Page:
Nursing the World to Health
Tuesday 12th May 2020 is International Nurses Day and this year it is an important one. Nurses across the world have been on the front line “nursing the world to health”, (coincidentally that’s this year’s theme), through the Covid-19 pandemic. Without their dedication, care, and hard work who knows where the healthcare system would be right now. And even without the coronavirus, nurses are vital in our everyday lives, they help to bring new life into the world, give comfort as we leave, and help with everything health-related in between.
So, this International Nurses Day let’s give a thought to all the nurses past and present, male or female, old or young and thank you for everything you do!
What is International Nurses Day?
International Nurses Day has taken place on the 12th of May every year since 1965. However, it wasn’t until 1974 that the 12th of May was chosen as the day to celebrate its anniversary.
Why on the 12th of May?
Because that is the birthday of probably the most famous nurse known across the world, Florence Nightingale. And this year’s celebrations were set to be extra special because 2020 has been elected as the Year of the Nurse and Midwife, to coincide with the 200th birthday of Florence Nightingale.
The day celebrates the contribution made by nurses across the world every day to society and allows the public to give thanks for the care and commitment they provide every day of the year. And although you may go years before ever needing a nurse, they are always there working in the background, just in case.
How is it celebrated in the UK?
Across the world, International Nurses Day is celebrated in different ways. The International Council of Nurses prepares and distributes resources and evidence to spread the word about the day.
In the UK, a service is held at Westminster Abbey to commemorate the birthday of Florence Nightingale and all the good nursing that takes place across the world. There are important processions that take place by Scholars of the Florence Nightingale Foundation, the Chelsea Pensioners, and the Nurses’ Roll of Honour to celebrate the nurses killed conflict.
Unfortunately, due to the coronavirus pandemic, the commemorative service has been postponed and will be held at a later date.
A little bit about Florence Nightingale
Florence Nightingale was born on 12th May 1820 but she is known for her influential work during the Crimean War (1854-1856) when Britain was at war with Russia and work on sanitation afterward.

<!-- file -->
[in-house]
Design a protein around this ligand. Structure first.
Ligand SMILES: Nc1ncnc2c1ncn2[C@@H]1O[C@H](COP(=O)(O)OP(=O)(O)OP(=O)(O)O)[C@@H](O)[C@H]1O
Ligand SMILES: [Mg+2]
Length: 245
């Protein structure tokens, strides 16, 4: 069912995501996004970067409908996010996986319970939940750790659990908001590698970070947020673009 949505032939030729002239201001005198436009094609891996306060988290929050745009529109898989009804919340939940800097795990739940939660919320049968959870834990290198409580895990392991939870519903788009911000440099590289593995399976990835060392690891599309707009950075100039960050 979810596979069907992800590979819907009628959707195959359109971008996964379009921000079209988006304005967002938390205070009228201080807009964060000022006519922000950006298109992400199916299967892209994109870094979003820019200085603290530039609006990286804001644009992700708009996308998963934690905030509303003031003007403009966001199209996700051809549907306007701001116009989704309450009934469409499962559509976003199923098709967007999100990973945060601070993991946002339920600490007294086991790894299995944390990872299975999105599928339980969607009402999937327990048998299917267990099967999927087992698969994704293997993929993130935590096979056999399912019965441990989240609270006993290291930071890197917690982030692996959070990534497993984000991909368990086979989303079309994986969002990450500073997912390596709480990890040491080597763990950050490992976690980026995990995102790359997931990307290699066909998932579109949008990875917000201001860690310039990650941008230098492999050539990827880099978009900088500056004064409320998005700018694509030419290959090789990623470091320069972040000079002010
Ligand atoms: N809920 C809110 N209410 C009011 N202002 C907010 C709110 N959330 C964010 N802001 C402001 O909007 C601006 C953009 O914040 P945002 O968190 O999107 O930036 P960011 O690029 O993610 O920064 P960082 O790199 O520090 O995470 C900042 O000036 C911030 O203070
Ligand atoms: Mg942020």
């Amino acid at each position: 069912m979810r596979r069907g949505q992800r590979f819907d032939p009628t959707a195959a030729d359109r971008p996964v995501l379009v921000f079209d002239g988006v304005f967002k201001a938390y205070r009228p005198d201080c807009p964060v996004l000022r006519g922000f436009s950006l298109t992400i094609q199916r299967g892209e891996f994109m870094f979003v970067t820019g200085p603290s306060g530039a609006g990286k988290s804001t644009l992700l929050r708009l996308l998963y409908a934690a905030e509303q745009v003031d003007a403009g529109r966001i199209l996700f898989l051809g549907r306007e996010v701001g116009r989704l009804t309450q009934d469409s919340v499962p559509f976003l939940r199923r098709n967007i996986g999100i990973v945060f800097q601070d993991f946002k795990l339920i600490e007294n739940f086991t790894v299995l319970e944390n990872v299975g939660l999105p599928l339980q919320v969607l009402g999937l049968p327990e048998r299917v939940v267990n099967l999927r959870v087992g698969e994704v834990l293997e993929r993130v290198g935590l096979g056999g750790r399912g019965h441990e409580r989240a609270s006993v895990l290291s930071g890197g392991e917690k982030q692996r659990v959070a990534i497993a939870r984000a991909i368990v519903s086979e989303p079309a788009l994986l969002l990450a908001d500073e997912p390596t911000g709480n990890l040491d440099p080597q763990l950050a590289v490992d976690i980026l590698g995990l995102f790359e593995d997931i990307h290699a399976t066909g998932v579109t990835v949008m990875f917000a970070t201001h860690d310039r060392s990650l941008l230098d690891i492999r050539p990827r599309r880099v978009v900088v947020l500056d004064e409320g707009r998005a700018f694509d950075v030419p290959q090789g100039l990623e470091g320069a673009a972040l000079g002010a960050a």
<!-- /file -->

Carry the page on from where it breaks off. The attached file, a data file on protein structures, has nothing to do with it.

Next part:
She arrived in Turkey on 4th November 1854 with 38 other nurses and was horrified to see the conditions within the hospitals. Wounded men were sleeping in overcrowded, dirty rooms without any warmth in the form of blankets. With hygiene being neglected many men were dying of infection rather than their injuries. Although the Sanitary Commission was sent to Turkey to flush out the sewers and improve ventilation, which sharply reduced death rates, Nightingale believed that the death rates were due to poor nutrition, stale air, overworked soldiers, and a lack of supplies. And it was this experience which influenced her later career, believing that most men were dying as a result of poor sanitary conditions, she focussed on the sanitary design of hospitals and introducing sanitation into the homes of the working class.
She also set up the Nightingale Training School at St Thomas’ Hospital, London in 1860 with donations given to the Nightingale Fund, in all it raised £45,000. The first nurses trained the hospital began working on 9 July 1865 at the Liverpool Workhouse Infirmary. Today the Florence Nightingale School of Nursing and Midwifery is part of King’s College London.
Florence Nightingale is credited as being the founder of modern nursing and is an icon of Victorian culture. She was also known as “The Lady with the Lamp” because she would carry a lamp around the hospital whilst doing her rounds to visit wounded soldiers during the Crimean War. And, carrying the lamp is an important procession during the Westminster Abbey service by a foundation scholar of the Florence Nightingale Foundation.
So, this International Nurses Day let’s give a big thank you to the nurses across the world for their dedication and hard work to healthcare. At times we may take them for granted but it’s for certain this year we have all been reminded just how vital they are and even in the hardest of times, they can bring comfort, care, and even a smile when we need it most. Nurses of the world, thank you!
Florence Nightingale Foundation. (2020). Westminster Abbey Commemoration Service for Florence Nightingale. Available at: https://florence-nightingale-foundation.org.uk/about/westminster-abbey-commemoration-service/
Ford, S. (2019). ICN Sets Ambitious Theme for International Nurses Day 2020. Available at: https://www.nursingtimes.net/news/policies-and-guidance/icn-sets-ambitious-theme-for-international-nurses-day-2020-25-10-2019/
International Council of Nurses. (2020). Resources. Available at: https://2020.icnvoicetolead.com/resources/
The National Archives. (2020). Florence Nightingale Why Do We Remember Her? Available at: https://www.nationalarchives.gov.uk/education/resources/florence-nightingale/